A little bit of both worlds…

The world is a variety show of differences, so why is it that society is so hesitant to embrace these differences to encompass what it is to be a beautiful humanity, united in acceptance? Maybe this is a pipe-dream in the timeline of progression but it has to start somewhere. Let it begin with a recognition of what it is to not be male or female, but just to be human.

Just another lesson in…gender?

My brother and my daughter are working together to fix the broken wagon wheel. My daughter, chooses to be “girly” sometimes with her friends but other times she chooses to be more of a “tomboy.” In this picture we are way out in the woods at my brother’s cabin that he built himself. He spent a lot of time teaching his son and also my daughter how to measure and cut the wood, and then how to use the hammer and screwdriver. Both children were enthralled at the opportunity to learn to make things out of raw materials. In expressing ourselves and being able to feel that freedom to be who we are, we challenge the binary that details male/female roles.  Gender can be “undone” in a variety of ways. 

Girls just wanna have fun! or so they say…

This picture is worth a thousand words… The story goes like this; after we watched the Alaska Thunderfuck video “This is my hair” I returned home and showed the video to my friend. The rest of the night we joked around with either one of us saying “this is my hair, I don’t wear wigs!” at random times. My daughter (who is 7 years old) had her friend over staying the night at our house while this is all going on. The next morning while making them breakfast I said, “this is my hair,” and to my surprise they replied in unison, “I don’t wear wigs!” We all burst into laughter. They never viewed the video of course but they had picked up on our banter. We concluded the morning with a video of our own, in which I took a frame from for this picture. We are in the act of flinging our hair. This is my daughter Marlee on the right, her friend Ryker on the left and me in the middle. I did not have to prompt these little girls on their style for their hair flinging or their stance, or their twirls. They have been doing this kind of gender with each other and other girls since they started school. Our society influences the ways in which we socialize our children and teach them the norms of our society. For girls and for boys we prescribe different behaviors, attitudes and even different colors.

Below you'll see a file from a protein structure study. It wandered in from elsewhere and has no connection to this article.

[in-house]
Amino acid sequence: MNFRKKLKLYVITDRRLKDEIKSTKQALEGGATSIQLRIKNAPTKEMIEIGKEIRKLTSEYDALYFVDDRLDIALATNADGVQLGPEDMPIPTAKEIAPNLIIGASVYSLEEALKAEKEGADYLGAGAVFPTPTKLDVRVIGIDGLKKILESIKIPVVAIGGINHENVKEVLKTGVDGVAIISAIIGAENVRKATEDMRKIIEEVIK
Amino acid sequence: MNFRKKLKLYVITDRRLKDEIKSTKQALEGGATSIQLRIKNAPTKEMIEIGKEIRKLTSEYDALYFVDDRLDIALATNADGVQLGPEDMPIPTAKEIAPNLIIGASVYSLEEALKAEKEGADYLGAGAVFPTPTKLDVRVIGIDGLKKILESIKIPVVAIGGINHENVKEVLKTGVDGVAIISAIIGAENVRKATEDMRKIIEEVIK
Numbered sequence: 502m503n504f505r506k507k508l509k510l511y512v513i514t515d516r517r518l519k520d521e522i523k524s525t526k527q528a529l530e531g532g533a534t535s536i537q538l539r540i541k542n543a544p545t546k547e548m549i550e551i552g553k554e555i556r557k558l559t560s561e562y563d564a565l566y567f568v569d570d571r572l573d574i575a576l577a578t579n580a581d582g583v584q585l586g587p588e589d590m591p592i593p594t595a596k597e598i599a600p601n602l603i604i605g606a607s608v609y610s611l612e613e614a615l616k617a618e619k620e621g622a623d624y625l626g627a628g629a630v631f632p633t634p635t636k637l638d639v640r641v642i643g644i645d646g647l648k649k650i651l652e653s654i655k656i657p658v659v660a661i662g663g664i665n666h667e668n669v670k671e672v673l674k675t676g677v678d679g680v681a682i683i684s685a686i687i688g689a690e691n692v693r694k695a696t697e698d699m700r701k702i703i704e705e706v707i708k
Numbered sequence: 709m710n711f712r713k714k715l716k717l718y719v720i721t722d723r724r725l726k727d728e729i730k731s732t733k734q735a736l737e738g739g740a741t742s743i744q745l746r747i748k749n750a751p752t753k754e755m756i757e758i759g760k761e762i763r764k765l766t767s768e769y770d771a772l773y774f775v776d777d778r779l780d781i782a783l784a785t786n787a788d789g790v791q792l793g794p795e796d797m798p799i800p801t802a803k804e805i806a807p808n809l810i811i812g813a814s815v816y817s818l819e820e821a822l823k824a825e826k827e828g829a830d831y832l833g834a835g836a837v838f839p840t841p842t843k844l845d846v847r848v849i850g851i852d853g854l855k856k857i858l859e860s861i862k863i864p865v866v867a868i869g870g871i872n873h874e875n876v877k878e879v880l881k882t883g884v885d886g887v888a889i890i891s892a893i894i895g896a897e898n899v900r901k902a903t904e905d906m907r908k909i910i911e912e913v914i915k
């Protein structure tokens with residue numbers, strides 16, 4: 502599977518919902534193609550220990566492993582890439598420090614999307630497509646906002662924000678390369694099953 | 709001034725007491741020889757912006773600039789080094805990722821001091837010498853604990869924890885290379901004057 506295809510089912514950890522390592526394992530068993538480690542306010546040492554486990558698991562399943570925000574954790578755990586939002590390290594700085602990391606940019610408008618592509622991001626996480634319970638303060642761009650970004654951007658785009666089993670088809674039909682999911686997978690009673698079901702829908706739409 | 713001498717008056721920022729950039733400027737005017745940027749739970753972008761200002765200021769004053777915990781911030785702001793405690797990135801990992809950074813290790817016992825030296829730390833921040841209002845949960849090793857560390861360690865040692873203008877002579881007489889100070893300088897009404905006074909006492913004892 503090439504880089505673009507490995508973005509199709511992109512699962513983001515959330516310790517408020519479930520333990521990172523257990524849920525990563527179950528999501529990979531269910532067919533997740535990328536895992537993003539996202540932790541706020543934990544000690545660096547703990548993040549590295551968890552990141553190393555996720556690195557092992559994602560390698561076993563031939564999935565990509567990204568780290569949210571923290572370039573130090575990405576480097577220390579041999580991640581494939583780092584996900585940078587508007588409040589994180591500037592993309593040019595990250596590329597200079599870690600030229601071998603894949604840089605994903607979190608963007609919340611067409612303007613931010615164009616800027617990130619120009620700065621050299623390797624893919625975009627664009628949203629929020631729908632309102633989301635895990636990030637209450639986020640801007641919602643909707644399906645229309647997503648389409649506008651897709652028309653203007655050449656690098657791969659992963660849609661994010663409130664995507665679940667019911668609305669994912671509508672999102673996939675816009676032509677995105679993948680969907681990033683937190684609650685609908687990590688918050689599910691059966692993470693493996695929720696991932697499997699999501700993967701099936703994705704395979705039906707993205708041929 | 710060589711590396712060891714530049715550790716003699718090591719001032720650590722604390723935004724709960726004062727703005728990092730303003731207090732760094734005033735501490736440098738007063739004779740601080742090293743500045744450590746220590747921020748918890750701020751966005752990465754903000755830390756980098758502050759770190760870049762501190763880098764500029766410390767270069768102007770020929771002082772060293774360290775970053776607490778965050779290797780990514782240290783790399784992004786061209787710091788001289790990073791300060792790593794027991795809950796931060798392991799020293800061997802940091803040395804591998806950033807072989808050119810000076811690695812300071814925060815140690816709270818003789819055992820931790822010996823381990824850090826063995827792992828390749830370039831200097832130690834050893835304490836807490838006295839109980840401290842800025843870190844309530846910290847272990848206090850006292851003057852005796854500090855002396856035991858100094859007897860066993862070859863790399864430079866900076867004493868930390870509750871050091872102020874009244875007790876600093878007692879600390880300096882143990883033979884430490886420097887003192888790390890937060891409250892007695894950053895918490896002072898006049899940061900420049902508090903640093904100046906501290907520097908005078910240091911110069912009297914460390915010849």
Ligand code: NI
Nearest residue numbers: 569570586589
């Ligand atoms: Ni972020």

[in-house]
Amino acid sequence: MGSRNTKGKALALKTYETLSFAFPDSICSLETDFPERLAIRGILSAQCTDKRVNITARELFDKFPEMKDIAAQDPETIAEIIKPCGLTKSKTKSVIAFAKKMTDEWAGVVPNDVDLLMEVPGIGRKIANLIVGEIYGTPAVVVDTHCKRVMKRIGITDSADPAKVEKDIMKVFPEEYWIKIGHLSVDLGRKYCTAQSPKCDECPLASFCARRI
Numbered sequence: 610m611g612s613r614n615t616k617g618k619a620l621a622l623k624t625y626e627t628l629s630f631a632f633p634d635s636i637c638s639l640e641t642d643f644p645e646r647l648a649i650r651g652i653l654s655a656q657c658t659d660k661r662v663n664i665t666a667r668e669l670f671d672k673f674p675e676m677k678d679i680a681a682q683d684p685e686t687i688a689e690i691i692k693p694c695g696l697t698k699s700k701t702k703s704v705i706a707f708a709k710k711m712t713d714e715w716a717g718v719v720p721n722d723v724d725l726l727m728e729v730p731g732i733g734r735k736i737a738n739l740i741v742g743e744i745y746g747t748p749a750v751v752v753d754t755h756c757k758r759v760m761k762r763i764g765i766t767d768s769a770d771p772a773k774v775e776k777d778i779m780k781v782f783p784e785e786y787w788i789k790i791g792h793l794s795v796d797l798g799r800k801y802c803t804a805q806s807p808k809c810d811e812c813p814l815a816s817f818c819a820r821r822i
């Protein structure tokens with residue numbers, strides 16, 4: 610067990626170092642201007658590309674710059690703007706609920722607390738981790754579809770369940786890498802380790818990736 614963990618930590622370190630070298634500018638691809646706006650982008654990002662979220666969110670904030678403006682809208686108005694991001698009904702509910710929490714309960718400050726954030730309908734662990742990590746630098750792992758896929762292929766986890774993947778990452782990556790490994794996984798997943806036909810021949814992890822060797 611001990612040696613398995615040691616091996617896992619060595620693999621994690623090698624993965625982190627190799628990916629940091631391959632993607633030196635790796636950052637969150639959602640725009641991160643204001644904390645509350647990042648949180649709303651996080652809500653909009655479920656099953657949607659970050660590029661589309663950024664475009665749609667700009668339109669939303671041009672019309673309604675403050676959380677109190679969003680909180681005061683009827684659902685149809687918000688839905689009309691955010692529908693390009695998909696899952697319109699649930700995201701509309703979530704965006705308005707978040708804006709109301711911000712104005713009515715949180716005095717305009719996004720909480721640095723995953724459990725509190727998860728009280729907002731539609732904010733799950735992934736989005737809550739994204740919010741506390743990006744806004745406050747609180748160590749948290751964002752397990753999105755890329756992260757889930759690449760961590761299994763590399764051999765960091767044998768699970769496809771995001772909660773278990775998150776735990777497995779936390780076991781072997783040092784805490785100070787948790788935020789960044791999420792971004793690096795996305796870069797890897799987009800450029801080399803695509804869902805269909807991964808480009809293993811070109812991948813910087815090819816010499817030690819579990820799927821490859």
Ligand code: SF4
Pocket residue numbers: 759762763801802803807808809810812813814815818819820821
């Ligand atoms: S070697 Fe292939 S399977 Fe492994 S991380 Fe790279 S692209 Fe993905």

Gender Performance on Display

Recently my family and I traveled to the Dominican Republic for vacation. I attended several shows with both male and female performers. This picture shows the men in one of the dance routines using chairs as props. Women typically do this “chair dance” routine so for these men, the gender role here is literally on its side. Usually women are provocatively performing for men in this fashion, but these men transitioned from this dance swiftly into a number where they lifted up their woman partners. The roles were only switched briefly but for these men being able to be flexible in their gender roles is a requirement of their chosen profession. 

Domination in heels

This woman is challenging gender in different ways. She is a professional dominatrix. She looks like a woman dressed up in a outfit offering her sex appeal but, she is dressed up for a very different reason. She is performing her gender as a beautiful but devilish man-eater with an unwavering back-hand, a whip and an impressive pair of boots. “Doing” gender in wearing her corset and stockings and “undoing” gender with her dark persona, dangerous profession and powerful intentions. Gender roles are reversed in her business, she is charge and the men follow her every command, whim and fancy. 

Challenging the Traditional

In “doing” and “undoing” gender we have to have a common definition of gender and what it means. If gender for women means wearing makeup, high heels and dresses, then this women has it covered. She is performing her gender perfectly… But what if this is a man? Is he performing his gender? We could say no probably, but why? These stereotypical gender roles are being challenged everyday. To keep the ball rolling, it is important that we challenge the ideas that our society has put into place about what it means to be a man or what it means to be a woman. Drag gives us the tools we need to start questioning the binary, how limiting it is, and what we can do in big or small ways to be the change we want to see in the way gender is constructed.  

2 thoughts on “A little bit of both worlds…”

  • Overall, I love the attitude of this essay. You kept it personalized and showed gender in your everyday life. Also, the influence you have on your children is a magnificent point to make out as it serves to prove that gender is learned, not applied.

  • I like that you included instances of people doing gender and challenging gender. Often we are able to identify the stereotypes of what doing gender is but forget that those images are powerful to in order to continue to recognize how being typically or stereotypically feminine is still beautiful.

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